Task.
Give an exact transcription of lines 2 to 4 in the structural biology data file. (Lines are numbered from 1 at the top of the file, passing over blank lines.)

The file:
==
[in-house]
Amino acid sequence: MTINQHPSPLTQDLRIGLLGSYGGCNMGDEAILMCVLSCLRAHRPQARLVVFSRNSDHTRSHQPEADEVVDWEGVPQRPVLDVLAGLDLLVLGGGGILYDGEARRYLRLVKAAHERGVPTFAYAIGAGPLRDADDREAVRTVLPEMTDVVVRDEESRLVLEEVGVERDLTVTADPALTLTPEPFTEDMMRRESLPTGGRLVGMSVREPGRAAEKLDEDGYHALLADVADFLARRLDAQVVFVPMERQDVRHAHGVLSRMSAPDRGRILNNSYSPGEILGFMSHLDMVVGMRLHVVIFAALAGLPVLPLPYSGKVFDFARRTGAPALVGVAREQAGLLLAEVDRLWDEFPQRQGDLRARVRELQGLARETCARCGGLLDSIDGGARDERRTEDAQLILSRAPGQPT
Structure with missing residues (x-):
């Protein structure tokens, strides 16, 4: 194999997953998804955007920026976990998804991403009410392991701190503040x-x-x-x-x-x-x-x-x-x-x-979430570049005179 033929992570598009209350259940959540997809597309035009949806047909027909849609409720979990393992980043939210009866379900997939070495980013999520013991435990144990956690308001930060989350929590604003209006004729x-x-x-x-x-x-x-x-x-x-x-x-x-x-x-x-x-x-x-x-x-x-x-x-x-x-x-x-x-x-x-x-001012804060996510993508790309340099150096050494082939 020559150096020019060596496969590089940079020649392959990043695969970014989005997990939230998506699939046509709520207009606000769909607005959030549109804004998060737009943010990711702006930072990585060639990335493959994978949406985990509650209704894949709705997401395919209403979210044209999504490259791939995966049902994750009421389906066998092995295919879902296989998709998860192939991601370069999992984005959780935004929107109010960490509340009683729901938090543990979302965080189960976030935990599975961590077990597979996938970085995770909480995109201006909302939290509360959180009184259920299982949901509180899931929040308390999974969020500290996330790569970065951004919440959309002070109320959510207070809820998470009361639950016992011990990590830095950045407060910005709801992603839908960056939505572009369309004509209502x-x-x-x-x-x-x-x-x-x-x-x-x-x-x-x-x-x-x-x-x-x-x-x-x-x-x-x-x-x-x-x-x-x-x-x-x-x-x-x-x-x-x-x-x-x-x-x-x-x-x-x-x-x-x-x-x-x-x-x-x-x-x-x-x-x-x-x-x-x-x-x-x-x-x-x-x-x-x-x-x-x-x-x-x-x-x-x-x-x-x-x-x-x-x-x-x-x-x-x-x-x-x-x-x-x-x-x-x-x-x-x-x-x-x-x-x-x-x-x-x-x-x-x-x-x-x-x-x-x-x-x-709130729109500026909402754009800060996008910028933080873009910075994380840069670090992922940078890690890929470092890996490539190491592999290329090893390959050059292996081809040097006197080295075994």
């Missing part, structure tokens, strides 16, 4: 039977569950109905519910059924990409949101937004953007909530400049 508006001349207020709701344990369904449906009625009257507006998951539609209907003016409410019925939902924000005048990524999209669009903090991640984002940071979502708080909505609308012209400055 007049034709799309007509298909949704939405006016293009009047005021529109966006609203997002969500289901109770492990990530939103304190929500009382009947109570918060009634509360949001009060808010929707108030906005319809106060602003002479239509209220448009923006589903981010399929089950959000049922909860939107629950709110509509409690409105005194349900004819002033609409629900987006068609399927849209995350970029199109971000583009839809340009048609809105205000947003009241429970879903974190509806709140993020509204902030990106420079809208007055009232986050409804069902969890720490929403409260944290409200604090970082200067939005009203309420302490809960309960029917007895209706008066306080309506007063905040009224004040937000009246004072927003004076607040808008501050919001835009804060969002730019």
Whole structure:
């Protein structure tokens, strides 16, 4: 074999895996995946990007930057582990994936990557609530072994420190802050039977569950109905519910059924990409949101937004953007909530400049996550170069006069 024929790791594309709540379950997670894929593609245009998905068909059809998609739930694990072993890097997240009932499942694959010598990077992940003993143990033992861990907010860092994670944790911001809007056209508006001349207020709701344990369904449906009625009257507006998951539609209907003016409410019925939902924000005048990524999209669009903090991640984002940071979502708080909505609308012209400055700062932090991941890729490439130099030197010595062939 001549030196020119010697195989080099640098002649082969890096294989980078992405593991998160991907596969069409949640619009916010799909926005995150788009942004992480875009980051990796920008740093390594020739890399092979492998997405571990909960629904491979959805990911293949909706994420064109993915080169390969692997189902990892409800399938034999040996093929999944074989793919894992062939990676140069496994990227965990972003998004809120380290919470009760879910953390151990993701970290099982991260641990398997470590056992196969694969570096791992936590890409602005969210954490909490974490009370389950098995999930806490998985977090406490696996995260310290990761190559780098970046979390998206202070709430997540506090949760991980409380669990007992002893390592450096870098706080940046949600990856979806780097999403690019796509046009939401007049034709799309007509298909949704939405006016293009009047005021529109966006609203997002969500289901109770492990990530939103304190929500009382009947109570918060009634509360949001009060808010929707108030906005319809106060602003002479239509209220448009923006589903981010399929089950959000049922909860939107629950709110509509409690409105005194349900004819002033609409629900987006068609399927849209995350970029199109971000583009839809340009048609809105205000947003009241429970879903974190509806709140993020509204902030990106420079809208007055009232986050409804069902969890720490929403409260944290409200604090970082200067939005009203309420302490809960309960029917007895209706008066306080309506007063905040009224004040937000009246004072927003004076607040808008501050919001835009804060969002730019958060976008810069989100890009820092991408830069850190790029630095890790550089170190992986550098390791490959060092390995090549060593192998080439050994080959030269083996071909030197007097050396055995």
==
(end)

Amino acid sequence: MTINQHPSPLTQDLRIGLLGSYGGCNMGDEAILMCVLSCLRAHRPQARLVVFSRNSDHTRSHQPEADEVVDWEGVPQRPVLDVLAGLDLLVLGGGGILYDGEARRYLRLVKAAHERGVPTFAYAIGAGPLRDADDREAVRTVLPEMTDVVVRDEESRLVLEEVGVERDLTVTADPALTLTPEPFTEDMMRRESLPTGGRLVGMSVREPGRAAEKLDEDGYHALLADVADFLARRLDAQVVFVPMERQDVRHAHGVLSRMSAPDRGRILNNSYSPGEILGFMSHLDMVVGMRLHVVIFAALAGLPVLPLPYSGKVFDFARRTGAPALVGVAREQAGLLLAEVDRLWDEFPQRQGDLRARVRELQGLARETCARCGGLLDSIDGGARDERRTEDAQLILSRAPGQPT
Structure with missing residues (x-):
């Protein structure tokens, strides 16, 4: 194999997953998804955007920026976990998804991403009410392991701190503040x-x-x-x-x-x-x-x-x-x-x-979430570049005179 033929992570598009209350259940959540997809597309035009949806047909027909849609409720979990393992980043939210009866379900997939070495980013999520013991435990144990956690308001930060989350929590604003209006004729x-x-x-x-x-x-x-x-x-x-x-x-x-x-x-x-x-x-x-x-x-x-x-x-x-x-x-x-x-x-x-x-001012804060996510993508790309340099150096050494082939 020559150096020019060596496969590089940079020649392959990043695969970014989005997990939230998506699939046509709520207009606000769909607005959030549109804004998060737009943010990711702006930072990585060639990335493959994978949406985990509650209704894949709705997401395919209403979210044209999504490259791939995966049902994750009421389906066998092995295919879902296989998709998860192939991601370069999992984005959780935004929107109010960490509340009683729901938090543990979302965080189960976030935990599975961590077990597979996938970085995770909480995109201006909302939290509360959180009184259920299982949901509180899931929040308390999974969020500290996330790569970065951004919440959309002070109320959510207070809820998470009361639950016992011990990590830095950045407060910005709801992603839908960056939505572009369309004509209502x-x-x-x-x-x-x-x-x-x-x-x-x-x-x-x-x-x-x-x-x-x-x-x-x-x-x-x-x-x-x-x-x-x-x-x-x-x-x-x-x-x-x-x-x-x-x-x-x-x-x-x-x-x-x-x-x-x-x-x-x-x-x-x-x-x-x-x-x-x-x-x-x-x-x-x-x-x-x-x-x-x-x-x-x-x-x-x-x-x-x-x-x-x-x-x-x-x-x-x-x-x-x-x-x-x-x-x-x-x-x-x-x-x-x-x-x-x-x-x-x-x-x-x-x-x-x-x-x-x-x-x-709130729109500026909402754009800060996008910028933080873009910075994380840069670090992922940078890690890929470092890996490539190491592999290329090893390959050059292996081809040097006197080295075994």